Hypercholesterolemia is a collective term reflecting high levels of cholesterol in the blood. It in itself, is not the disease, but is a major underlying cause of cardiovascular disease. Heart disease/cardiovascular disease is the number one killer in the United States at 652,091 deaths per year. Elevated cholesterol is due to abnormalities in the levels of lipoproteins in the blood. The type of hypercholesterolemia depends on which type of lipoprotein is in excess with Type IIa and Type IIb being the most common. Risk factors include diet, genetics and the presence of diabetes, hypothyroidism, sedentary lifestyle and obesity.
High cholesterol levels are treated with diets low in cholesterol, decreased refined carbohydrates, increased fiber, increased cardiovascular exercise to an extent of thirty minutes or more than six times a week, medication prescribed by your physician and by adding supplements. A major issue that should be discussed is the use of statin medications. While they can have their place in therapy, there are two major issues that arise. The first is the manifestation of muscle pain that especially plagues men. Patients typically complain of leg pain. The second is the significant drop in coenzyme-Q10 levels. This is particularly of concern as patients with hypercholesterolemia already have low levels of coenzyme Q-10. Coenzyme Q-10 is important for the mitochondrial creation and formation of energy. While all cells have mitochondria, the cells of the heart have a particularly high density.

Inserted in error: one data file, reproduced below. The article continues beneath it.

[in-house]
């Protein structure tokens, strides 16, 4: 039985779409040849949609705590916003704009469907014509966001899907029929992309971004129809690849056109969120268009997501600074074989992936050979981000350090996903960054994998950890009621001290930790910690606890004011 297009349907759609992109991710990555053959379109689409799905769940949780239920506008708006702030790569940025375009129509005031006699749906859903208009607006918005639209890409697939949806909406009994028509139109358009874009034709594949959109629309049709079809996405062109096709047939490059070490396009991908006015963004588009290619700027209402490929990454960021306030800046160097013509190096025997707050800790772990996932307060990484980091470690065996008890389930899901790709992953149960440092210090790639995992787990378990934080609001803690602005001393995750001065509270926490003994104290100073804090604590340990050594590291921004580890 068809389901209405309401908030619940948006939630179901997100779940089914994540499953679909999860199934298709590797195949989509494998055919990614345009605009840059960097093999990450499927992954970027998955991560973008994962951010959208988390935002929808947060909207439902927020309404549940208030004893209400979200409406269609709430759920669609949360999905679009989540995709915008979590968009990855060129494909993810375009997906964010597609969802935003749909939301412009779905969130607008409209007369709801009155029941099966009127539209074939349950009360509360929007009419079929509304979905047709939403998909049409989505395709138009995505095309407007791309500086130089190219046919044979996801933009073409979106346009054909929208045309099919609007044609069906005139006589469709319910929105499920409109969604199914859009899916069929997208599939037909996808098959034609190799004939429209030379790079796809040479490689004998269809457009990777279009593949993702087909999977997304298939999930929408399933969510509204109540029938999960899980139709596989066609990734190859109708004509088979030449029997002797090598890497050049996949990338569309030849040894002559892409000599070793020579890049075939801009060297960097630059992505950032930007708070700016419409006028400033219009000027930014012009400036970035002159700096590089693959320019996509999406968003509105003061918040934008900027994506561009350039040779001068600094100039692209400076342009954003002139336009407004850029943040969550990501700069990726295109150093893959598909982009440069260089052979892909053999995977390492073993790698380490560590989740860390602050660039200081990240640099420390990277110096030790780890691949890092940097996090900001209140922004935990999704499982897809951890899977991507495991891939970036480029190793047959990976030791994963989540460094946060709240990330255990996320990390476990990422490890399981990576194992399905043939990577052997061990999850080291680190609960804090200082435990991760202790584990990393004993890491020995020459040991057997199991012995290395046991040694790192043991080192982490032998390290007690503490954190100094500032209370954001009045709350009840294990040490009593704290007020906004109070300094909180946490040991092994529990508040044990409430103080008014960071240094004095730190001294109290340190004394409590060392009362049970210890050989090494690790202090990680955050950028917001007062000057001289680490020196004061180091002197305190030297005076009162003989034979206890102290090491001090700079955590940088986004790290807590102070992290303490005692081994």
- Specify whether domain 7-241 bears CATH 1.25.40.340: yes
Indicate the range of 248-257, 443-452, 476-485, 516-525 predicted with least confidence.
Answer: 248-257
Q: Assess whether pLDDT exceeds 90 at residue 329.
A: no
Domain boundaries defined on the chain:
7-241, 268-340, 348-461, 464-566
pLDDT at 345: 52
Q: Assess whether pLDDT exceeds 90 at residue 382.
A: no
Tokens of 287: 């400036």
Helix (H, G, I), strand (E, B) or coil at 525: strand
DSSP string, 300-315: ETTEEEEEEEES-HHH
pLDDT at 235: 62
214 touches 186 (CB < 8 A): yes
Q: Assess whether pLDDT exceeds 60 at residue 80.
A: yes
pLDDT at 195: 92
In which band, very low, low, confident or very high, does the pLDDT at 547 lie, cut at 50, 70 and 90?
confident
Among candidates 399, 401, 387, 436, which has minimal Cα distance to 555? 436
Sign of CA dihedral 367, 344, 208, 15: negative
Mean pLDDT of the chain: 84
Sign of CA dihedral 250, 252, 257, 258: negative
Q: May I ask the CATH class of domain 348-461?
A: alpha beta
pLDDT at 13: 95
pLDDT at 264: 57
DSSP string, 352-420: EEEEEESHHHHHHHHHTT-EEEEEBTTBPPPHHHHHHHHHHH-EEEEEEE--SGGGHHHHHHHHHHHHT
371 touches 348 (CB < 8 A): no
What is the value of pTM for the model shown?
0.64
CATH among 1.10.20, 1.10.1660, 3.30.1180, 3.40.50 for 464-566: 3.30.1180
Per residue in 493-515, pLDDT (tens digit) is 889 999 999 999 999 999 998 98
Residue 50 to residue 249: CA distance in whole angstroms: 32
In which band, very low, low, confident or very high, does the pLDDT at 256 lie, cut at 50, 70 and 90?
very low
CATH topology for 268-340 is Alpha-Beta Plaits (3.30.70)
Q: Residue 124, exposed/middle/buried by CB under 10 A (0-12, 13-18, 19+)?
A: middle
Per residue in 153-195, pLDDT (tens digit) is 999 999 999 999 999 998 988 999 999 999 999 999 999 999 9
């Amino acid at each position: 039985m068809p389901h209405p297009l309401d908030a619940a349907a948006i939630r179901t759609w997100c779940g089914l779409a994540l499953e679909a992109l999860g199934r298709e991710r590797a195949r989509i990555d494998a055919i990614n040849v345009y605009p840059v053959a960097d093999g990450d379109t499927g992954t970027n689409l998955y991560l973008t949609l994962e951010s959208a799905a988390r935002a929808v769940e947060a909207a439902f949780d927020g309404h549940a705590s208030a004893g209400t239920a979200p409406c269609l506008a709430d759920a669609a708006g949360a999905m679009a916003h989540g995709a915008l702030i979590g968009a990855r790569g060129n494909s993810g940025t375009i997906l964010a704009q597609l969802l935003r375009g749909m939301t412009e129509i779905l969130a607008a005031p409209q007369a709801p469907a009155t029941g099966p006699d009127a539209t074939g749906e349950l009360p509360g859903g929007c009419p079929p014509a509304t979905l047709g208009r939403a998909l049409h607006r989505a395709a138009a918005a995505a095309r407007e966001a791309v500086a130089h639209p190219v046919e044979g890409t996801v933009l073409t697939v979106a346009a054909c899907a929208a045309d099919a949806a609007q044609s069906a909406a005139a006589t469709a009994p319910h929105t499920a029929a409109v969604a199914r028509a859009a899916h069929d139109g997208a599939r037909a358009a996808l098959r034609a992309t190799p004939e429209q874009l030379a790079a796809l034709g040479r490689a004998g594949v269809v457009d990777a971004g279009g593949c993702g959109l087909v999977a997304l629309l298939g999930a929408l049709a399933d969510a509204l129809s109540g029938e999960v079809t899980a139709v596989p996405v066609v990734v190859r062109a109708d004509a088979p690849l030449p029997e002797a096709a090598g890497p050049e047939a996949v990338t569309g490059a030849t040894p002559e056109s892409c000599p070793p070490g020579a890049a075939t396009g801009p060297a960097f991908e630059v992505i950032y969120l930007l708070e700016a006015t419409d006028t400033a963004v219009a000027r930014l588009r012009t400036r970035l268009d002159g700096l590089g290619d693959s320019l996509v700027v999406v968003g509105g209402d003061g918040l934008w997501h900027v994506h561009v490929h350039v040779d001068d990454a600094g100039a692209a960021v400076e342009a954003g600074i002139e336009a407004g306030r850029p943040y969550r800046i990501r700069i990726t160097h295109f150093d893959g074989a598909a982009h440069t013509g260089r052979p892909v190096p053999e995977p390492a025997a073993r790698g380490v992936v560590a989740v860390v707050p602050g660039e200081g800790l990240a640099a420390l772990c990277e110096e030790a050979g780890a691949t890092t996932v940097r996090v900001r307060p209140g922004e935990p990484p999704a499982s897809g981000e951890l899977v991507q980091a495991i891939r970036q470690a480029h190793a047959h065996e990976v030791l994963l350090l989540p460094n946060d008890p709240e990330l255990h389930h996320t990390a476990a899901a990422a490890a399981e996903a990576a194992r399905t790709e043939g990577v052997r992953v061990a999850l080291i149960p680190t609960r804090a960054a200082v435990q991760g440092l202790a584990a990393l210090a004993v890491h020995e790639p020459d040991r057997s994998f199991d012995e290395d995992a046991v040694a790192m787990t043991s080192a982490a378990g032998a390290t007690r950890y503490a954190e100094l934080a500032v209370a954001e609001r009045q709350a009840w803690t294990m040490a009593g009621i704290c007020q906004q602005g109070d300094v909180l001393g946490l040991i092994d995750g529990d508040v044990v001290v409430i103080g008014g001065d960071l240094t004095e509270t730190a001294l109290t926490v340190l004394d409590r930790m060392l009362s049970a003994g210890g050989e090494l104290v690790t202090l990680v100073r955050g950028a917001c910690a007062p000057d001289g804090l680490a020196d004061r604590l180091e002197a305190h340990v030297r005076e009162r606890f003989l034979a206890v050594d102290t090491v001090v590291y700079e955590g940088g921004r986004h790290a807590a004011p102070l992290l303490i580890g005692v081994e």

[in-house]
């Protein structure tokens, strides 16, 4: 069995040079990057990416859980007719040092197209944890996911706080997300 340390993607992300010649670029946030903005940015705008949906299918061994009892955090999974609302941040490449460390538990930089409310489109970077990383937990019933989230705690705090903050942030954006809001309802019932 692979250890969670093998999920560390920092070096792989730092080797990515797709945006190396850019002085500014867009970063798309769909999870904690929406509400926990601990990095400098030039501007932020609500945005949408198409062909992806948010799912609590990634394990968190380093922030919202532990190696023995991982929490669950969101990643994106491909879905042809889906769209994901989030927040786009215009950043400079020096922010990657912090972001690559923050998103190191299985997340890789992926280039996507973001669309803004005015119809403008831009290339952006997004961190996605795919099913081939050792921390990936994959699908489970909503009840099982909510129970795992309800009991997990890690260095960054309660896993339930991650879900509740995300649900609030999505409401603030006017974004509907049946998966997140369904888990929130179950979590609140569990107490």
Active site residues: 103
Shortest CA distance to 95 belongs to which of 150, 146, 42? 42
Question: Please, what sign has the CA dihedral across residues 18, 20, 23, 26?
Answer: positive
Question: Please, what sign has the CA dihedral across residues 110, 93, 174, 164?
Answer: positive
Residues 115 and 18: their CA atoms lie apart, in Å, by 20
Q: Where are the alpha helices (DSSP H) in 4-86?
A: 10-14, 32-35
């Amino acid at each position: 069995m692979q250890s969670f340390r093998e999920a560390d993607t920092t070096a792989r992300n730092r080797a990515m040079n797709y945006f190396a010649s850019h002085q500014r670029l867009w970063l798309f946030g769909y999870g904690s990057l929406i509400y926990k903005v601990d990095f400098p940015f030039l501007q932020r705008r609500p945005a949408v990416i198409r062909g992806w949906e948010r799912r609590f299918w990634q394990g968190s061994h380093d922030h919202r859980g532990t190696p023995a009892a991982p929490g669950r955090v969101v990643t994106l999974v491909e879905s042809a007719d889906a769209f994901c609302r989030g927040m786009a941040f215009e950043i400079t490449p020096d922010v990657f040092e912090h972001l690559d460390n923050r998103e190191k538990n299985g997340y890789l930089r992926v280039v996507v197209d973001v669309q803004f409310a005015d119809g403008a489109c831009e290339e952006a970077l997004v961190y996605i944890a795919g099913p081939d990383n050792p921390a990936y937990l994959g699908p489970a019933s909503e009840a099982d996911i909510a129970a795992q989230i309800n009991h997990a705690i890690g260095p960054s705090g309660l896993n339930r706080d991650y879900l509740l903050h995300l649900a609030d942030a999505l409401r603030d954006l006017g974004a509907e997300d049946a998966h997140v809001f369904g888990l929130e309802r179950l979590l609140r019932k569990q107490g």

Of course, prevention is the best defense for Hypercholesterolemia. The recipe for success is:
Follow a good diet like the Harvard Study Diet and add a bowl of oatmeal every morning
Get a personal trainer – Cardiovascular exercise. We all need the structure!
Bio-identical hormone replacement
Policosanol – 10mg twice daily (Cholarest by Metagenics)
Fish oil – 1,500mg daily (Carlson’s or Super EPA Pro by Thorne Research)
Garlic extract (Not the cooked kind!) – (Kyolic)
Coenzyme Q10 – 100mg once daily (Q-Best 100 by Thorne Research)
Shannon M. Maguadog, Pharm.D.